As the US economy slows down, the competition between the East and West coast ports to be the top trade volume hub intensifies. However, the pie is shrinking as future orders for ocean freight continue to decline. The latest trade data from the Port of New York and New Jersey, the country’s largest container port on the East Coast, shows a slight increase in container processing in March 2023. Nonetheless, the future looks bleak as the global manufacturing PMIs contract, indicating less spending on goods and the need to work down excess inventories.
Port of New York and New Jersey Handles 574,452 TEUs
Despite being the nation’s third-busiest port, the Port of New York and New Jersey handled 574,452 TEUs in March 2023. The difference between the busiest port, the Port of Los Angeles, and the Port of New York/New Jersey, which is the second-busiest port, was 48,781 TEUs in March. In the first three months of 2023, the Port of New York and New Jersey moved almost 1.8 million TEUs, similar to the amount moved during the same period in 2019. However, there is a freight slowdown that has been evident for months and continues to be reflected in the overall activity.
Freight Recession Continues to Affect the Industry
A recent CNBC supply chain survey has shown a decrease in truck movements in and out of warehouses, along with a 40 percent decrease in manufacturing orders, indicating less freight movement by both truck and rail. The trucking industry is said to be in the middle of a “freight recession”, according to JB Hunt’s president Shelley Simpson. The data from FreightWaves SONAR also shows the weakness in the sector. The levels of current ocean freight orders leaving from all ports in the world and arriving at all ports in the United States year over year have decreased by half, affecting both the rails and roads with less freight coming into the country.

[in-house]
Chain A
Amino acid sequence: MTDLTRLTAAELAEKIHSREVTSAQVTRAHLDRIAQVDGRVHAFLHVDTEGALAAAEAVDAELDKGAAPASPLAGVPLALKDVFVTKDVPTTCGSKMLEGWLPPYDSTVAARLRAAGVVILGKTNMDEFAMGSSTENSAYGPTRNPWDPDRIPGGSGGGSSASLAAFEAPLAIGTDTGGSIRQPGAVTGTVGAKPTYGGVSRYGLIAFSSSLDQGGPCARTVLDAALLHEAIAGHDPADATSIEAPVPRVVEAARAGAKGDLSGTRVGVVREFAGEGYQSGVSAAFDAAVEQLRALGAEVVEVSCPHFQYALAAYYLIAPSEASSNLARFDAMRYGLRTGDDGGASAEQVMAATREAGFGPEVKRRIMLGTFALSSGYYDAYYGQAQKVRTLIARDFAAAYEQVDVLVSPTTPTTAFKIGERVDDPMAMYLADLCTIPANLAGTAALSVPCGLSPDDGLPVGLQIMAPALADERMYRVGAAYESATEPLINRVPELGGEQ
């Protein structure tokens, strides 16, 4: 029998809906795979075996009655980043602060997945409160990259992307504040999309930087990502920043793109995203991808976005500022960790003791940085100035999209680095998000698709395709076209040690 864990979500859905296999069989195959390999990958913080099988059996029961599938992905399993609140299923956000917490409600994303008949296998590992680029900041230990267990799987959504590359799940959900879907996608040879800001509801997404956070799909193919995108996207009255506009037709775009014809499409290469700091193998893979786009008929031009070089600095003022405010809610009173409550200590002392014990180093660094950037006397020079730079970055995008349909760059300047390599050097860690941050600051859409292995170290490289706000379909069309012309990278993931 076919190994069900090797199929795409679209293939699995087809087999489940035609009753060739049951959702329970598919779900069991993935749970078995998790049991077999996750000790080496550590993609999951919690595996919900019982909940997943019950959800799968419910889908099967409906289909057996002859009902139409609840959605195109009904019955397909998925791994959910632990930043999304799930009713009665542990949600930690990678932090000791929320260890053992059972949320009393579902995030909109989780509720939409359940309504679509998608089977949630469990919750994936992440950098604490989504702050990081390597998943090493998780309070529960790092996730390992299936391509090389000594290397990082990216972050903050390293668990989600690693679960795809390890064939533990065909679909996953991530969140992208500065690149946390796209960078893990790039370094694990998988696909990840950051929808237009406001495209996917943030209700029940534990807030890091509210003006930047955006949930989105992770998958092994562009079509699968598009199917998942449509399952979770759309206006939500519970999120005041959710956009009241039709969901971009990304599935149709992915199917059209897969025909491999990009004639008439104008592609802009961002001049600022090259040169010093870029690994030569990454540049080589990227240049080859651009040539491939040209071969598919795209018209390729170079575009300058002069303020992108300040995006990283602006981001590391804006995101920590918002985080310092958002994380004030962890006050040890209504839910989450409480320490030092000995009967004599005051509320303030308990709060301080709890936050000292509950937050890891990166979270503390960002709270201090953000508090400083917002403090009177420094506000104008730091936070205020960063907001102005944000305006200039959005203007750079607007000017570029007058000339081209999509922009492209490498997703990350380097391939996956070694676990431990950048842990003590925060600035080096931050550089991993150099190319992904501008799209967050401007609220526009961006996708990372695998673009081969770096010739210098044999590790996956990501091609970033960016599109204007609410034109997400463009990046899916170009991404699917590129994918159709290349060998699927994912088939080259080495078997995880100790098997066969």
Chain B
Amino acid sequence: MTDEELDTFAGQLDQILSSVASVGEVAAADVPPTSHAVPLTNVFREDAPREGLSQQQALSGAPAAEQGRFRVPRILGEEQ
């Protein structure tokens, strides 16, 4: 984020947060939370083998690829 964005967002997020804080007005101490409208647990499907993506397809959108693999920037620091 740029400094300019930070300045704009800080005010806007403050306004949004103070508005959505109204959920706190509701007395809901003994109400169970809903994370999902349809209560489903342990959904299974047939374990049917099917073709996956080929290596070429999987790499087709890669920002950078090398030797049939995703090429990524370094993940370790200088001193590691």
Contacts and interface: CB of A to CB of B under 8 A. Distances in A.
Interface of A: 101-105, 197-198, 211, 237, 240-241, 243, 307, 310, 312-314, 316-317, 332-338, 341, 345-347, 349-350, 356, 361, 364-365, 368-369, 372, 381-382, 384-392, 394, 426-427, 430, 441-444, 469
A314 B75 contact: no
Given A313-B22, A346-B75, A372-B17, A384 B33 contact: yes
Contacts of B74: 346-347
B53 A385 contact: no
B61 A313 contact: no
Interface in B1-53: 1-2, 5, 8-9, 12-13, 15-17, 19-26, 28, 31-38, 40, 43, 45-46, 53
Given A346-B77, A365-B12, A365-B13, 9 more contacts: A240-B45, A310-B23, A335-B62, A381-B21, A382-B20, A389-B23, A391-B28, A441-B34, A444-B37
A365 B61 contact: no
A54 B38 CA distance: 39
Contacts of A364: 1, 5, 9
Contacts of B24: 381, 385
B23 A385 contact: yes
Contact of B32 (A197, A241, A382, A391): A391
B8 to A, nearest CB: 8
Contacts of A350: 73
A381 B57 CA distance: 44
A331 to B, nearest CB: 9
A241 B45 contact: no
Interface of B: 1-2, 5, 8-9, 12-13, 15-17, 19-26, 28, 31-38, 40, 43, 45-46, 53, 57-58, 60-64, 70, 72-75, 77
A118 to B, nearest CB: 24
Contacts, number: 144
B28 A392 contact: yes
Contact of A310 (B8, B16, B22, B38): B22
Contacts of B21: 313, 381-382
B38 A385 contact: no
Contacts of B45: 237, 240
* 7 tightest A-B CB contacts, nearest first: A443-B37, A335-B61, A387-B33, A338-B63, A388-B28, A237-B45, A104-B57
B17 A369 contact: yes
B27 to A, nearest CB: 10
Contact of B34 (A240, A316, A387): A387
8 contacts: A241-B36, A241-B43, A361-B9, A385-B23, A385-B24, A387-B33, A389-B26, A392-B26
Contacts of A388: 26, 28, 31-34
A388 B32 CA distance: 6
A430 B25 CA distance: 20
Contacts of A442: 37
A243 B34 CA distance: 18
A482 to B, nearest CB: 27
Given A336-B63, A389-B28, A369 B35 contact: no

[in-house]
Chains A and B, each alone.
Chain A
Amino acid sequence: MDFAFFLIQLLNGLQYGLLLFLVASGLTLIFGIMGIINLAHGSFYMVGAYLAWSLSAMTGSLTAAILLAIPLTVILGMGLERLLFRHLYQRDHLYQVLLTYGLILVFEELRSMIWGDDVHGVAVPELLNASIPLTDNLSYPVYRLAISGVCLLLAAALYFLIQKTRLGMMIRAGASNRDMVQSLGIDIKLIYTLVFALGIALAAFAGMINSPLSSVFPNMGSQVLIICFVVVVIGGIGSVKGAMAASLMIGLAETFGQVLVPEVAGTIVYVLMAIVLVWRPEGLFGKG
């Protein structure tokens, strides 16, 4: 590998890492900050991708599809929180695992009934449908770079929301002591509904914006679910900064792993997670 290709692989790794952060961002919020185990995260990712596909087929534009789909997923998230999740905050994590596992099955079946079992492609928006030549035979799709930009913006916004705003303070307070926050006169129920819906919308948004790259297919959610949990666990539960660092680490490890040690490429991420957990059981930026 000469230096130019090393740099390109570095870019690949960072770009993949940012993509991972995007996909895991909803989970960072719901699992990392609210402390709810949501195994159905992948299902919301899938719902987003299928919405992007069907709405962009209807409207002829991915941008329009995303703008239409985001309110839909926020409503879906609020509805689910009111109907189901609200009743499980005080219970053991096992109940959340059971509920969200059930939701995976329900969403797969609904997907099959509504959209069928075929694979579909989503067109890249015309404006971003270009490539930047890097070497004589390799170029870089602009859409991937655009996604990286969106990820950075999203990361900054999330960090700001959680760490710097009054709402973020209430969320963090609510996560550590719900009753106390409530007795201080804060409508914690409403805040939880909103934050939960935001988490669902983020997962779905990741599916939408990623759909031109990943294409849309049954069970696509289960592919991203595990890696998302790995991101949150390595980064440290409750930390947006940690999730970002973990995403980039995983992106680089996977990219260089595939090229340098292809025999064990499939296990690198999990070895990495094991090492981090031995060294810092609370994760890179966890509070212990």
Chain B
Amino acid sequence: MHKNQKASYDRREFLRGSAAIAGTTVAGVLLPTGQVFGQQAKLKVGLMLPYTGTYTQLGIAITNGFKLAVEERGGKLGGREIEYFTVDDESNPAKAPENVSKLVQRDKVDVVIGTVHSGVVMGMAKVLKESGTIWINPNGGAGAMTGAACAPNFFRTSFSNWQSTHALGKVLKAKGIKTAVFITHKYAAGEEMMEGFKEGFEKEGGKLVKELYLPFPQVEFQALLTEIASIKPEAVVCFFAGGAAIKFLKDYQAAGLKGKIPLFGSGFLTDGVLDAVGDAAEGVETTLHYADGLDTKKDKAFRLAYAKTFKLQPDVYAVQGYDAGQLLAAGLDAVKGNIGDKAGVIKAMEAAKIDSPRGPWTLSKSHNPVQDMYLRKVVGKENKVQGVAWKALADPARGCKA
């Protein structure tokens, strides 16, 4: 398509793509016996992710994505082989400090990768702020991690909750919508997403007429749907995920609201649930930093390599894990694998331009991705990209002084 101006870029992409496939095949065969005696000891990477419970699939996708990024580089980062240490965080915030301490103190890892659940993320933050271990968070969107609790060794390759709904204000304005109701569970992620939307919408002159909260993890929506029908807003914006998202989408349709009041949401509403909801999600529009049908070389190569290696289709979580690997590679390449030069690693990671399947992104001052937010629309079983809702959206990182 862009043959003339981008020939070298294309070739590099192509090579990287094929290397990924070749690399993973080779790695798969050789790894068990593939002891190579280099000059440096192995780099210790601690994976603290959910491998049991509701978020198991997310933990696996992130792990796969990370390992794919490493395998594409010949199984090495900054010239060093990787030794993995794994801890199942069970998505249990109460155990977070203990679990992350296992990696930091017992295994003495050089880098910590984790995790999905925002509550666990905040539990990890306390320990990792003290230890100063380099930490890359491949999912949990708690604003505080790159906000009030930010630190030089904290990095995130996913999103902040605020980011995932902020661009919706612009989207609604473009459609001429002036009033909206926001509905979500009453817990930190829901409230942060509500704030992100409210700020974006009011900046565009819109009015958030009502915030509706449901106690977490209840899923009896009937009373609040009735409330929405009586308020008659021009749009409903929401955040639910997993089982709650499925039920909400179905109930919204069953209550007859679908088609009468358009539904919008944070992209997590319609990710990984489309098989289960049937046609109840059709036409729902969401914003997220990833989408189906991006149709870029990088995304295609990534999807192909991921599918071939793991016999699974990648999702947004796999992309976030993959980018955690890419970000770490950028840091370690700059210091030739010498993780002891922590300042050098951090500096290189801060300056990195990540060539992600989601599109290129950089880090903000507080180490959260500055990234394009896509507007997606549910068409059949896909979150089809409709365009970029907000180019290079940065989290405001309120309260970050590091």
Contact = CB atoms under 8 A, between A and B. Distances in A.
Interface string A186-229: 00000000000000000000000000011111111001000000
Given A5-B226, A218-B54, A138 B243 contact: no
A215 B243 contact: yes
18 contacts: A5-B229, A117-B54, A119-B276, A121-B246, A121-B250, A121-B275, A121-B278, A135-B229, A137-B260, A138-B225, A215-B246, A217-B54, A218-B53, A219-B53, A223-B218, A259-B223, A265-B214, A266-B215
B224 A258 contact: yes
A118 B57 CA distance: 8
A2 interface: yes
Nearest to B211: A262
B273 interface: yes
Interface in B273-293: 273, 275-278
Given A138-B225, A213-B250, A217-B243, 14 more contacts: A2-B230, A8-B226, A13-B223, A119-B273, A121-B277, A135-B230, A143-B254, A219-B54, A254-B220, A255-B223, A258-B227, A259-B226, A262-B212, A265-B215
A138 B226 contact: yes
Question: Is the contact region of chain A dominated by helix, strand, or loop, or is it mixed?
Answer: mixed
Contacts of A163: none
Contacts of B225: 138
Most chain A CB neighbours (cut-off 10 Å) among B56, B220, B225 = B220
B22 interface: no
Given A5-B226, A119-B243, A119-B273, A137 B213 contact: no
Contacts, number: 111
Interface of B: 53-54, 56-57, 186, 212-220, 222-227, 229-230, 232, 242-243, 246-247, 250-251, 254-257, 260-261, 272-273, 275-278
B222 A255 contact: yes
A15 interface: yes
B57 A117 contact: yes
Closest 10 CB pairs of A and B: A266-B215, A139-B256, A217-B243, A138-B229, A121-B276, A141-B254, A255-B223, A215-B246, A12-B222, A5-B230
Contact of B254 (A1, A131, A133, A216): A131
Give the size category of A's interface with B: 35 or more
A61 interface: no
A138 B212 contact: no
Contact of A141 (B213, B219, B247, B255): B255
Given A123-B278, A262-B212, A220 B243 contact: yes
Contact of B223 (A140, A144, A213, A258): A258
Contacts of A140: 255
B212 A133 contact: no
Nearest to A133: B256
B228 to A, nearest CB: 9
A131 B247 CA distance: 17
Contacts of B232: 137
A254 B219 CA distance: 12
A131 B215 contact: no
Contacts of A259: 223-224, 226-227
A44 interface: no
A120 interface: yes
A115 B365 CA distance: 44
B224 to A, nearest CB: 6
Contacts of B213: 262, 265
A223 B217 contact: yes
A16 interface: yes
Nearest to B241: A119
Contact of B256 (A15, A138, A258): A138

In conclusion, the competition between East and West coast ports continues to heat up as the economy softens. The Port of New York and New Jersey remains the country’s third-busiest port, but the future looks bleak as the freight slowdown continues to affect the industry. The decrease in the manufacturing orders foretells less freight movement, and the levels of current ocean freight orders are half of what they were year over year. The decrease in spending on goods and the rise of spending on experiences like travel, leisure, and restaurants is filtering through to the production and transportation of goods.
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